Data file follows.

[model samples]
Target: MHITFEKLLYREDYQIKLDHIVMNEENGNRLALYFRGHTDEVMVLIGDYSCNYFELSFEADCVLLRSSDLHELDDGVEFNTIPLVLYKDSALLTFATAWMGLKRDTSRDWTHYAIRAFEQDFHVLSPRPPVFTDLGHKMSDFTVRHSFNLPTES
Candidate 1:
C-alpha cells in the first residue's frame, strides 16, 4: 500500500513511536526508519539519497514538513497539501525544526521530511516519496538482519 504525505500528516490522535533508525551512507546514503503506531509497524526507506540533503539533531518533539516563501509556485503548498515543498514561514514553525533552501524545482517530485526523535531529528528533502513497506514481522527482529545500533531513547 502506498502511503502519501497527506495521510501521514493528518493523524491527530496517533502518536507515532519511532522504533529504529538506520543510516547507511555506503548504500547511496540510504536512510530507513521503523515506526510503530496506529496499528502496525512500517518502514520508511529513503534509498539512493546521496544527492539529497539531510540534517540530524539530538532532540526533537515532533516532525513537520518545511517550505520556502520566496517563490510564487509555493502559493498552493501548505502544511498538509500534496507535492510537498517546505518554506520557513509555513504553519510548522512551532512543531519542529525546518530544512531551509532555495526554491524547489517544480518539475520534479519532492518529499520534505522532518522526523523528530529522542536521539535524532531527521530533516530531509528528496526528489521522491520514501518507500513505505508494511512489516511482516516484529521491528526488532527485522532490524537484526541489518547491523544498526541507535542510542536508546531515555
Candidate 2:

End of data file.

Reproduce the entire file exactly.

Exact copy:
[model samples]
Target: MHITFEKLLYREDYQIKLDHIVMNEENGNRLALYFRGHTDEVMVLIGDYSCNYFELSFEADCVLLRSSDLHELDDGVEFNTIPLVLYKDSALLTFATAWMGLKRDTSRDWTHYAIRAFEQDFHVLSPRPPVFTDLGHKMSDFTVRHSFNLPTES
Candidate 1:
C-alpha cells in the first residue's frame, strides 16, 4: 500500500513511536526508519539519497514538513497539501525544526521530511516519496538482519 504525505500528516490522535533508525551512507546514503503506531509497524526507506540533503539533531518533539516563501509556485503548498515543498514561514514553525533552501524545482517530485526523535531529528528533502513497506514481522527482529545500533531513547 502506498502511503502519501497527506495521510501521514493528518493523524491527530496517533502518536507515532519511532522504533529504529538506520543510516547507511555506503548504500547511496540510504536512510530507513521503523515506526510503530496506529496499528502496525512500517518502514520508511529513503534509498539512493546521496544527492539529497539531510540534517540530524539530538532532540526533537515532533516532525513537520518545511517550505520556502520566496517563490510564487509555493502559493498552493501548505502544511498538509500534496507535492510537498517546505518554506520557513509555513504553519510548522512551532512543531519542529525546518530544512531551509532555495526554491524547489517544480518539475520534479519532492518529499520534505522532518522526523523528530529522542536521539535524532531527521530533516530531509528528496526528489521522491520514501518507500513505505508494511512489516511482516516484529521491528526488532527485522532490524537484526541489518547491523544498526541507535542510542536508546531515555
Candidate 2: